Table 2

Demographic characteristics of analysis sample

The number of tests varied hugely by date, reflecting different stages of the pandemic as well as changes in regulations and protocols of testing and the general prevalence of COVID-19 in the UK. Most tests were in the first half of 2021, but most positive tests were in the first half of 2022 (figure 1).

Figure 1

Number of tests, positive tests and percentage due to routine screening, by date.

The proportion of positive tests that were identified, according to the reasons for testing, are shown in table 3. Overall, testing those with symptoms identified more than half (54%) of the positive results, whereas testing close contacts picked up 24% and broader-defined work contacts 3%. Nevertheless, a significant minority of cases (16%) were identified by routine screening. The remaining 3% had missing test reason.

Table 3

Proportion of positive tests by test reason in each time period

Table 4 shows the findings for the main risk factors under study. Our ‘base model’ adjusted for test date, age group and test type (results not shown) as well as the other risk factors shown in the table. There was strong evidence against a linear trend for time period (p<0.0001) and weak evidence for age group (p=0.05), so these were both included as categorical.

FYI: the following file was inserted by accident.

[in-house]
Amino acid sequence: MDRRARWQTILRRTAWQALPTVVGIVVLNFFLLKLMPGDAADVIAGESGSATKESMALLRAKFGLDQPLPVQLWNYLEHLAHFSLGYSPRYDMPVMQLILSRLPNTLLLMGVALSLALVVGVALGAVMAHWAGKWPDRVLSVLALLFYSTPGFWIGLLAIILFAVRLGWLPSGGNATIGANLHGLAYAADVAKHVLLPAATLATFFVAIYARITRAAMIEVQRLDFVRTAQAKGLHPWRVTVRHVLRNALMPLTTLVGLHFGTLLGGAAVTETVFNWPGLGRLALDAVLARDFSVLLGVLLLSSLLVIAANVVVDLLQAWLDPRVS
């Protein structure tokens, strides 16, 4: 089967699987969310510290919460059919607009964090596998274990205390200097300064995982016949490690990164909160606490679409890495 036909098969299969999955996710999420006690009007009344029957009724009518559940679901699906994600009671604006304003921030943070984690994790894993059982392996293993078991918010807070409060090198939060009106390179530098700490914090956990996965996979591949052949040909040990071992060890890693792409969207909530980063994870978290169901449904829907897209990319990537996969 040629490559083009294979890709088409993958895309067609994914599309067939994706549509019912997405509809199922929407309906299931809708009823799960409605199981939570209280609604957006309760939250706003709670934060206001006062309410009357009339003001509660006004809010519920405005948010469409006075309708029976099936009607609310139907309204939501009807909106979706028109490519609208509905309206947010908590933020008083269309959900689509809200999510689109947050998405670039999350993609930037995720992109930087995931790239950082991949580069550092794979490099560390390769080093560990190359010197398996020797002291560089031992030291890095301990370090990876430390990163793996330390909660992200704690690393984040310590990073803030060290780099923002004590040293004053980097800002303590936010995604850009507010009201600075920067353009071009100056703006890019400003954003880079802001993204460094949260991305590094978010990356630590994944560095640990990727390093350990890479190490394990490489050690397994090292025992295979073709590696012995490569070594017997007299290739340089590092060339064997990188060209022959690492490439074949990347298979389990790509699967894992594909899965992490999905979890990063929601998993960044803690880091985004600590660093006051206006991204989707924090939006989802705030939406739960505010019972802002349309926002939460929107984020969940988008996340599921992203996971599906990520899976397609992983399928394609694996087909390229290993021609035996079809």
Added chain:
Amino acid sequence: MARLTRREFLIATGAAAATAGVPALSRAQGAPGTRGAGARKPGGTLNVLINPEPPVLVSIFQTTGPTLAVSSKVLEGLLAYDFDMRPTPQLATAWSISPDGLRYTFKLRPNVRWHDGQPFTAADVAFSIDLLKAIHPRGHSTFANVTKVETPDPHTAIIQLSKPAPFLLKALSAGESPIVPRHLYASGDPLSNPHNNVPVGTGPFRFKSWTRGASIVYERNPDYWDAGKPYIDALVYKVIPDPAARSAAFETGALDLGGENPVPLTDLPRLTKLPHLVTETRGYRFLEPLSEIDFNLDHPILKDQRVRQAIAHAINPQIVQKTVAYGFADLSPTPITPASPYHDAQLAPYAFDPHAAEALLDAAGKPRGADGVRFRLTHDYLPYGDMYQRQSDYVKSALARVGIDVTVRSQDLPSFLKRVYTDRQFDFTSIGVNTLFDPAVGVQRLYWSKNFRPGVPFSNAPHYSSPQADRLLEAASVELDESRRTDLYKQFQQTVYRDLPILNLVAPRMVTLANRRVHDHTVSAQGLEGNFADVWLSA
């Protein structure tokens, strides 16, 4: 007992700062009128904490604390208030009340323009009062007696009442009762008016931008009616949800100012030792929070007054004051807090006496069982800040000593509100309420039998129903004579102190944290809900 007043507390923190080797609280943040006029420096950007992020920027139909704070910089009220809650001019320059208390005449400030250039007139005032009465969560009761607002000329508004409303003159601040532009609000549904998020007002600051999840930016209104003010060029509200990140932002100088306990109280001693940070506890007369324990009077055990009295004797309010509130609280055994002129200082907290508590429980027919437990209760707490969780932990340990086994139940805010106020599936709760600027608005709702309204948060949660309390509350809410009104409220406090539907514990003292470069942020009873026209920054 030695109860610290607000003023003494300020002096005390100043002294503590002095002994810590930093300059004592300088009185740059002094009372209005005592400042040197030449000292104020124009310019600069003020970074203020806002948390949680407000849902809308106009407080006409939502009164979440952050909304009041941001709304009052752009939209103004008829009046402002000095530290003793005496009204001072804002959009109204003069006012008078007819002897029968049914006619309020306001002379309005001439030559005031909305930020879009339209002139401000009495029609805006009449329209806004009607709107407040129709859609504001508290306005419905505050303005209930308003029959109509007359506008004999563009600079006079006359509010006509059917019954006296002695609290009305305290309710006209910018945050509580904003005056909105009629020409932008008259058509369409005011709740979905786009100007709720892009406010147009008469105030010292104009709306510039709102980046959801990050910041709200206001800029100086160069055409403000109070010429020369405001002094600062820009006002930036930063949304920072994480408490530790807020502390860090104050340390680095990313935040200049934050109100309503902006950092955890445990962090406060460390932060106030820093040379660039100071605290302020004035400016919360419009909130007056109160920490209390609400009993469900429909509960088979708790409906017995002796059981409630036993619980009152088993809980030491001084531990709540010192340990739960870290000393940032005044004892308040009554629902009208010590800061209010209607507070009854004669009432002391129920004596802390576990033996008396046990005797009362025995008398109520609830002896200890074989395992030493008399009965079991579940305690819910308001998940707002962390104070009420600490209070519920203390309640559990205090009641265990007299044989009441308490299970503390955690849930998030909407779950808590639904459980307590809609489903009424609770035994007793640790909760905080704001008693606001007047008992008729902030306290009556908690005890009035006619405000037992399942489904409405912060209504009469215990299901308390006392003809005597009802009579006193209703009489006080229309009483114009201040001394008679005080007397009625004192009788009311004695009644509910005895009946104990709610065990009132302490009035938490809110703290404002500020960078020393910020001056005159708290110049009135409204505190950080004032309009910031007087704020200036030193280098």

Table 4

ORs and 95% CIs for risk of testing positive on COVID-19 test

We found that the reason for testing was a strong confounder; in particular, the OR for ‘external’ workers (ie, contractors) changed from 0.74 (95% CI 0.61 to 0.89) to 1.14 (0.89 to 1.45) after adjusting for the test reason. Also, women showed lower risks than men, after adjustment for test reason (0.70; 0.58 to 0.86) but not before 1.00 (0.85 to 1.17). As well as being a strong confounder of job type, reason for testing was a very strong factor itself (table 4).